Skip navigation

Official websites use .gov
A .gov website belongs to an official government organization in the United States.

Secure .gov websites use HTTPS
A lock ( ) or https:// means you’ve safely connected to the .gov website. Share sensitive information only on official, secure websites.

URL of this page:

Tyrosine hydroxylase deficiency


Tyrosine hydroxylase (TH) deficiency is a disorder that primarily affects movement. There are three forms of tyrosine hydroxylase deficiency, and they are categorized based on the severity of their symptoms and their response to treatment. The three forms range in severity from mild to severe.

For those with the mild form of tyrosine hydroxylase deficiency (also called TH-deficient dopa-responsive dystonia), symptoms usually appear during childhood. Affected individuals may have difficulties walking and running, which can sometimes lead to falls. Some people with the disorder may walk on their toes because of stiffness in the leg muscles. Additional signs and symptoms may include involuntary muscle contractions (dystonia) that lead to abnormal repetitive movements in the legs, tremor when holding a position (postural tremor), or involuntary upward-rolling movements of the eyes. Symptoms tend to worsen later in the day for some people with TH-deficient dopa-responsive dystonia. Affected individuals may experience more pronounced movement difficulties as they age, but these symptoms almost always get better with medical treatment.

The more severe forms of tyrosine hydroxylase deficiency are often called TH-deficient infantile parkinsonism or TH-deficient progressive infantile encephalopathy. These forms of the disorder appear soon after birth and are more difficult to treat.

Signs and symptoms of TH-deficient infantile parkinsonism typically begin in the first year of life. Affected infants often have delayed development of motor skills such as sitting unsupported or reaching for a toy. Some signs and symptoms may resemble those seen in people with Parkinson disease: stiffness of the muscles in the arms and legs, slow or diminished movements (hypokinesia), and tremors. Additional signs and symptoms may include droopy eyelids (ptosis), involuntary upward-rolling eye movements, and intellectual disabilities. People with TH-deficient infantile parkinsonism may respond to treatment, though treatment may not work right away and may not resolve all of the symptoms of the condition.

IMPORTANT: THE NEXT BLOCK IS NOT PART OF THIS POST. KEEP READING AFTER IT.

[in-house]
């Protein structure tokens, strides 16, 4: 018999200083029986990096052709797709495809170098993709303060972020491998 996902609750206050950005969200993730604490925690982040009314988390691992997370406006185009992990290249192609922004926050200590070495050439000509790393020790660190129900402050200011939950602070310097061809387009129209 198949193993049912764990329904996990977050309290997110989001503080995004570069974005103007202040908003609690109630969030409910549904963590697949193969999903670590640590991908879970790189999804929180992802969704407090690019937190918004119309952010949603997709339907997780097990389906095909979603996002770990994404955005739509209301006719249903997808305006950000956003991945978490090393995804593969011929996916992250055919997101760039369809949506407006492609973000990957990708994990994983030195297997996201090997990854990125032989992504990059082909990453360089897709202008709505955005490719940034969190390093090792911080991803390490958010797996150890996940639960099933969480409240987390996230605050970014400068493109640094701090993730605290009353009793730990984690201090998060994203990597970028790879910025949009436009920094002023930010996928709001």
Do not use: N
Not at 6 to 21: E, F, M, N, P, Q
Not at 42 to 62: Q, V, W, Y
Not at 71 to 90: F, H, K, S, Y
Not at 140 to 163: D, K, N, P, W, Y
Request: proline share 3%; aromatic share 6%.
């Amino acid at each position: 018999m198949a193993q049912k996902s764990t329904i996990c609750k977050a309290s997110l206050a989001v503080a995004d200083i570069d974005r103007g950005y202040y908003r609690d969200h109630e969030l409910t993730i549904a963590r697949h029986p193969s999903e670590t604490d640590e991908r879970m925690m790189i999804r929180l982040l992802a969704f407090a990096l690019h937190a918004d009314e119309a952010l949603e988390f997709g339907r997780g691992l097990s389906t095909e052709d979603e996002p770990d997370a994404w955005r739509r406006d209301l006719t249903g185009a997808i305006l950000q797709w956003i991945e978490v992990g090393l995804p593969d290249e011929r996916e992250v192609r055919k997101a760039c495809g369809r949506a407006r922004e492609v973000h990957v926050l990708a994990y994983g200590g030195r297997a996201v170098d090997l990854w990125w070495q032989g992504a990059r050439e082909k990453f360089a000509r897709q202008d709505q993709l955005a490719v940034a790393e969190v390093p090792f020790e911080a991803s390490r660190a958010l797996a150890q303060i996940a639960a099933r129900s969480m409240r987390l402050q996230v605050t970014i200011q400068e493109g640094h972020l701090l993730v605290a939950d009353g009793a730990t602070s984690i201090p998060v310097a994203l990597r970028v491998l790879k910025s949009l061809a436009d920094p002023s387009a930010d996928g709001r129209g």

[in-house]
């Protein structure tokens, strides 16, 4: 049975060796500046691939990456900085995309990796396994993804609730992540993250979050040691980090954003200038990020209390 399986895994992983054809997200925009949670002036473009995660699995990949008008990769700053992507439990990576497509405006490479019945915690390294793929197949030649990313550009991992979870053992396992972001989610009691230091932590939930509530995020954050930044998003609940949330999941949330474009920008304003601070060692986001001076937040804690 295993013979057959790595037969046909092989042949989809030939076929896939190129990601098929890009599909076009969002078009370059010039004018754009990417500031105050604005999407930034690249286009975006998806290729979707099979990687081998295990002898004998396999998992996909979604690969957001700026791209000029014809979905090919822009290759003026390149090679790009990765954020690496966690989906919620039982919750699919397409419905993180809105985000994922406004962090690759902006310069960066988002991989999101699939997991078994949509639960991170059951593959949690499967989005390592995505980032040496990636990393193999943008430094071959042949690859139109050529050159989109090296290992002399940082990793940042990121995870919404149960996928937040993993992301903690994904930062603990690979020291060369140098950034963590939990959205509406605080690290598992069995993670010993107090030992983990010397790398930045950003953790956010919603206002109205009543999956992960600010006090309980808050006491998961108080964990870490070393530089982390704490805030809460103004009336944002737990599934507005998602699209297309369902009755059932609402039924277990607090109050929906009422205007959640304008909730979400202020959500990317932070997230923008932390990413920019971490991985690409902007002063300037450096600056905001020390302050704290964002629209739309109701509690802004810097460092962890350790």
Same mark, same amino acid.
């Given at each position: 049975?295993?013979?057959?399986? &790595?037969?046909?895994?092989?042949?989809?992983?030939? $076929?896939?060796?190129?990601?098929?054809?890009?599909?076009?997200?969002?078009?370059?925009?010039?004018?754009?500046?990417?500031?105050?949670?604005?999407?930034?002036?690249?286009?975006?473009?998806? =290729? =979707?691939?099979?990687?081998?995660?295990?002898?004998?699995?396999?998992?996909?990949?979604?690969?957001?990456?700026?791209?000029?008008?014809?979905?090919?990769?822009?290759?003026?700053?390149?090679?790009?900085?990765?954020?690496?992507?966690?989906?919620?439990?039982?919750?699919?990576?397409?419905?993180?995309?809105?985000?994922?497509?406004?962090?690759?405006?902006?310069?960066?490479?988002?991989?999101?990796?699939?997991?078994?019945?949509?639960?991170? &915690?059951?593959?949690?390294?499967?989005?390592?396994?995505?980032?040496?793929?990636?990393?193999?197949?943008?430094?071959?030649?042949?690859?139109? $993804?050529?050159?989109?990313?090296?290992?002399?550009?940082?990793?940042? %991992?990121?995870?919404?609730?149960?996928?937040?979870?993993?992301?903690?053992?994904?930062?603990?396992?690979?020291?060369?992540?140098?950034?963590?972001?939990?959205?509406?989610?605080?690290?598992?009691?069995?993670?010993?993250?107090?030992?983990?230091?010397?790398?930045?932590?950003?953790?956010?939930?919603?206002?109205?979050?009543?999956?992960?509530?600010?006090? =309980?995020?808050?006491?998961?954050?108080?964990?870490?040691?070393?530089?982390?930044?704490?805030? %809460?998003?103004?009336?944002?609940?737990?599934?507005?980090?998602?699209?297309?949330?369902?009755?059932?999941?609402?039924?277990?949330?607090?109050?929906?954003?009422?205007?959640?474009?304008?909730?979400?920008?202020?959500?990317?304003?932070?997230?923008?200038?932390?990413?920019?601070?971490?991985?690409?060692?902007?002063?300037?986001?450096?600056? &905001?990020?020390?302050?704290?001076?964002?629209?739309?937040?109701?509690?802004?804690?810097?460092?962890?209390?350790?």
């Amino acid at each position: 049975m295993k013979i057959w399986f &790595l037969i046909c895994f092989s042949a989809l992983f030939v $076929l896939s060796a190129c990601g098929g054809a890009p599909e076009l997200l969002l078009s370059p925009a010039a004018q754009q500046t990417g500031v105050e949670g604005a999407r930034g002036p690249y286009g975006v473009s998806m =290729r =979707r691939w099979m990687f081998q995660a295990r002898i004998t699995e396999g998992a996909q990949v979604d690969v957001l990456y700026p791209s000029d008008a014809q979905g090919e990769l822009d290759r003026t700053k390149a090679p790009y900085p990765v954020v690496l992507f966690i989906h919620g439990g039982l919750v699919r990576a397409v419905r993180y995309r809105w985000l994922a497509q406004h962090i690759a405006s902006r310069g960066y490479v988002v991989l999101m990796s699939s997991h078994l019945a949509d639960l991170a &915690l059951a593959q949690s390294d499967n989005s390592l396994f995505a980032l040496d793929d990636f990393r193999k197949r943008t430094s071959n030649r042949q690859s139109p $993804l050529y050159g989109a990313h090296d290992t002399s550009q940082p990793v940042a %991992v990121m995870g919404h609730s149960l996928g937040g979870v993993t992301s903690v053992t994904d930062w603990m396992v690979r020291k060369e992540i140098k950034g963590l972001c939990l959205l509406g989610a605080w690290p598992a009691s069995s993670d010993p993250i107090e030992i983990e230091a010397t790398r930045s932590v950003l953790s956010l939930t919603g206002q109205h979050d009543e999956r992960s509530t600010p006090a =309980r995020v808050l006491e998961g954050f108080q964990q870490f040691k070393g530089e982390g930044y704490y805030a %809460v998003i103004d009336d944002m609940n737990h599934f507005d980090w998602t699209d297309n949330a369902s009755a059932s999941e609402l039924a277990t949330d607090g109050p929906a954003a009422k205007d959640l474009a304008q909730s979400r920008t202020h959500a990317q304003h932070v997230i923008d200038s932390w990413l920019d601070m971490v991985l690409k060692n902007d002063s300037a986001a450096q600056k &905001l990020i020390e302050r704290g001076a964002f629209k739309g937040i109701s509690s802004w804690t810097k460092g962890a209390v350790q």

The most severe form of tyrosine hydroxylase deficiency (also called TH-deficient progressive infantile encephalopathy) is characterized by brain dysfunction that leads to profound physical and intellectual disabilities. Signs and symptoms typically begin in the first six months of life. Babies with this form of tyrosine hydroxylase deficiency often have feeding difficulties and delayed growth. Additional features include hypokinesia and abnormal eye movements. This form of tyrosine hydroxylase deficiency is difficult to treat, as affected infants tend to be more likely to experience harmful side effects from the medicine.


Though the exact prevalence is not known, more than 100 individuals with tyrosine hydroxylase deficiency have been reported in the literature. 


Many different variants (also called mutations) in the TH gene cause tyrosine hydroxylase deficiency. The TH gene provides instructions for making the enzyme tyrosine hydroxylase, which is important for normal functioning of the nervous system.